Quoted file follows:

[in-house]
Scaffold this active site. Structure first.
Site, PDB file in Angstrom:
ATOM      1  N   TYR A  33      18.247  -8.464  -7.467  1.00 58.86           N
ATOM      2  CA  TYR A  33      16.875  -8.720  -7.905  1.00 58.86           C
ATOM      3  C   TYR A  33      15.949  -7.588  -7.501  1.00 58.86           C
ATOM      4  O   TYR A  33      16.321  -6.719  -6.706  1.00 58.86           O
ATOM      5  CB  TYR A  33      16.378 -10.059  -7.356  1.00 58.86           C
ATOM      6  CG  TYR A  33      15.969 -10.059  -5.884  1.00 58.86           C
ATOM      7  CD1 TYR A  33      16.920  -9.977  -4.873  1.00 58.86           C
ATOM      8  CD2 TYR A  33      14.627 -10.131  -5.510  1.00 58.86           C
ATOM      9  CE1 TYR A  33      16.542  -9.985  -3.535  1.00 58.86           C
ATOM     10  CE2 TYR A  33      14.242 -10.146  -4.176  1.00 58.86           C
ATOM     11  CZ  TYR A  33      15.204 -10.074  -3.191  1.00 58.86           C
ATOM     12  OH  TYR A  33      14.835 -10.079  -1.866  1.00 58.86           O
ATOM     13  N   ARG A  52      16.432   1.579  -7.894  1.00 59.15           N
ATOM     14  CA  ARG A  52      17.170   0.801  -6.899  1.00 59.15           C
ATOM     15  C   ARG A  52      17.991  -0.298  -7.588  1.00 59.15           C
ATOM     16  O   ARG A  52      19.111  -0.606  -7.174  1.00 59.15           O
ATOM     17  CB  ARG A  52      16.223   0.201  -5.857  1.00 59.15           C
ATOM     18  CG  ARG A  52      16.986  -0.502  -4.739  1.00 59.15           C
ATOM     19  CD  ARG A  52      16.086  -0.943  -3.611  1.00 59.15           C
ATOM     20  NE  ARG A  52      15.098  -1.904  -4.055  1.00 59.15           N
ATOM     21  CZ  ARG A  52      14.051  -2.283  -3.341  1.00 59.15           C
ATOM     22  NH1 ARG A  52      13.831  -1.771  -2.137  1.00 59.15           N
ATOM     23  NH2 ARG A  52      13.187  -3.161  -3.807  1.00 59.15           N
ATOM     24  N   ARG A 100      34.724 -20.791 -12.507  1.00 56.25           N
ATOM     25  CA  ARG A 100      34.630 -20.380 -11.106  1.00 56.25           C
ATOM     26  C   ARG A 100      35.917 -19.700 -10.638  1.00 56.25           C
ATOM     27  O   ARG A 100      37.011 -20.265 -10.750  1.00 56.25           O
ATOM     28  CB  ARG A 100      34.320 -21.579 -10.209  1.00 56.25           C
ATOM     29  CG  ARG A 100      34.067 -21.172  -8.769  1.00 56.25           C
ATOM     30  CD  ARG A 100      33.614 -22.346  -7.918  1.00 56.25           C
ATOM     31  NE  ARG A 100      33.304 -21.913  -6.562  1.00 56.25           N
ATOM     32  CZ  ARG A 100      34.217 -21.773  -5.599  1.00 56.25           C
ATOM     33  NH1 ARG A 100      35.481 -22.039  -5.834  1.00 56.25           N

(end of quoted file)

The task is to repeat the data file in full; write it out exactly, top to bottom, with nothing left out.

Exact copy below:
[in-house]
Scaffold this active site. Structure first.
Site, PDB file in Angstrom:
ATOM      1  N   TYR A  33      18.247  -8.464  -7.467  1.00 58.86           N
ATOM      2  CA  TYR A  33      16.875  -8.720  -7.905  1.00 58.86           C
ATOM      3  C   TYR A  33      15.949  -7.588  -7.501  1.00 58.86           C
ATOM      4  O   TYR A  33      16.321  -6.719  -6.706  1.00 58.86           O
ATOM      5  CB  TYR A  33      16.378 -10.059  -7.356  1.00 58.86           C
ATOM      6  CG  TYR A  33      15.969 -10.059  -5.884  1.00 58.86           C
ATOM      7  CD1 TYR A  33      16.920  -9.977  -4.873  1.00 58.86           C
ATOM      8  CD2 TYR A  33      14.627 -10.131  -5.510  1.00 58.86           C
ATOM      9  CE1 TYR A  33      16.542  -9.985  -3.535  1.00 58.86           C
ATOM     10  CE2 TYR A  33      14.242 -10.146  -4.176  1.00 58.86           C
ATOM     11  CZ  TYR A  33      15.204 -10.074  -3.191  1.00 58.86           C
ATOM     12  OH  TYR A  33      14.835 -10.079  -1.866  1.00 58.86           O
ATOM     13  N   ARG A  52      16.432   1.579  -7.894  1.00 59.15           N
ATOM     14  CA  ARG A  52      17.170   0.801  -6.899  1.00 59.15           C
ATOM     15  C   ARG A  52      17.991  -0.298  -7.588  1.00 59.15           C
ATOM     16  O   ARG A  52      19.111  -0.606  -7.174  1.00 59.15           O
ATOM     17  CB  ARG A  52      16.223   0.201  -5.857  1.00 59.15           C
ATOM     18  CG  ARG A  52      16.986  -0.502  -4.739  1.00 59.15           C
ATOM     19  CD  ARG A  52      16.086  -0.943  -3.611  1.00 59.15           C
ATOM     20  NE  ARG A  52      15.098  -1.904  -4.055  1.00 59.15           N
ATOM     21  CZ  ARG A  52      14.051  -2.283  -3.341  1.00 59.15           C
ATOM     22  NH1 ARG A  52      13.831  -1.771  -2.137  1.00 59.15           N
ATOM     23  NH2 ARG A  52      13.187  -3.161  -3.807  1.00 59.15           N
ATOM     24  N   ARG A 100      34.724 -20.791 -12.507  1.00 56.25           N
ATOM     25  CA  ARG A 100      34.630 -20.380 -11.106  1.00 56.25           C
ATOM     26  C   ARG A 100      35.917 -19.700 -10.638  1.00 56.25           C
ATOM     27  O   ARG A 100      37.011 -20.265 -10.750  1.00 56.25           O
ATOM     28  CB  ARG A 100      34.320 -21.579 -10.209  1.00 56.25           C
ATOM     29  CG  ARG A 100      34.067 -21.172  -8.769  1.00 56.25           C
ATOM     30  CD  ARG A 100      33.614 -22.346  -7.918  1.00 56.25           C
ATOM     31  NE  ARG A 100      33.304 -21.913  -6.562  1.00 56.25           N
ATOM     32  CZ  ARG A 100      34.217 -21.773  -5.599  1.00 56.25           C
ATOM     33  NH1 ARG A 100      35.481 -22.039  -5.834  1.00 56.25           N